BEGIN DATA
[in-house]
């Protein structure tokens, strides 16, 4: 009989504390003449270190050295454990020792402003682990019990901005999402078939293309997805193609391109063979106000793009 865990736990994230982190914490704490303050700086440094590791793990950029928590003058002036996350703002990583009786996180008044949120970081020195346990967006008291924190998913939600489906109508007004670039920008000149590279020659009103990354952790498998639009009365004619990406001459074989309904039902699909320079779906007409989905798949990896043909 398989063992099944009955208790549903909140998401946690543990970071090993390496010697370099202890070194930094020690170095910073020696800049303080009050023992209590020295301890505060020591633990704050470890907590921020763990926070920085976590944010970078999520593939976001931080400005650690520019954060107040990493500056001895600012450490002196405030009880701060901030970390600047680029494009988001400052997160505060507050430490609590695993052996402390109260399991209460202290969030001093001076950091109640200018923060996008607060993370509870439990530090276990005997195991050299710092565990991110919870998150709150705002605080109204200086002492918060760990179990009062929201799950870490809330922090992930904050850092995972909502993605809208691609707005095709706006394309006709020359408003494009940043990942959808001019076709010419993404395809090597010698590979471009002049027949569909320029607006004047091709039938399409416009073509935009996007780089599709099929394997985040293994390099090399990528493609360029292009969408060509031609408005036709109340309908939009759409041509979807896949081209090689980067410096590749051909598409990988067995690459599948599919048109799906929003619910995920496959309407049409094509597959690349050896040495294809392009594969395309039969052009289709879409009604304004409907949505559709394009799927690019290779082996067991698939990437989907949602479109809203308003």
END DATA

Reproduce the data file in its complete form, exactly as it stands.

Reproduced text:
[in-house]
């Protein structure tokens, strides 16, 4: 009989504390003449270190050295454990020792402003682990019990901005999402078939293309997805193609391109063979106000793009 865990736990994230982190914490704490303050700086440094590791793990950029928590003058002036996350703002990583009786996180008044949120970081020195346990967006008291924190998913939600489906109508007004670039920008000149590279020659009103990354952790498998639009009365004619990406001459074989309904039902699909320079779906007409989905798949990896043909 398989063992099944009955208790549903909140998401946690543990970071090993390496010697370099202890070194930094020690170095910073020696800049303080009050023992209590020295301890505060020591633990704050470890907590921020763990926070920085976590944010970078999520593939976001931080400005650690520019954060107040990493500056001895600012450490002196405030009880701060901030970390600047680029494009988001400052997160505060507050430490609590695993052996402390109260399991209460202290969030001093001076950091109640200018923060996008607060993370509870439990530090276990005997195991050299710092565990991110919870998150709150705002605080109204200086002492918060760990179990009062929201799950870490809330922090992930904050850092995972909502993605809208691609707005095709706006394309006709020359408003494009940043990942959808001019076709010419993404395809090597010698590979471009002049027949569909320029607006004047091709039938399409416009073509935009996007780089599709099929394997985040293994390099090399990528493609360029292009969408060509031609408005036709109340309908939009759409041509979807896949081209090689980067410096590749051909598409990988067995690459599948599919048109799906929003619910995920496959309407049409094509597959690349050896040495294809392009594969395309039969052009289709879409009604304004409907949505559709394009799927690019290779082996067991698939990437989907949602479109809203308003």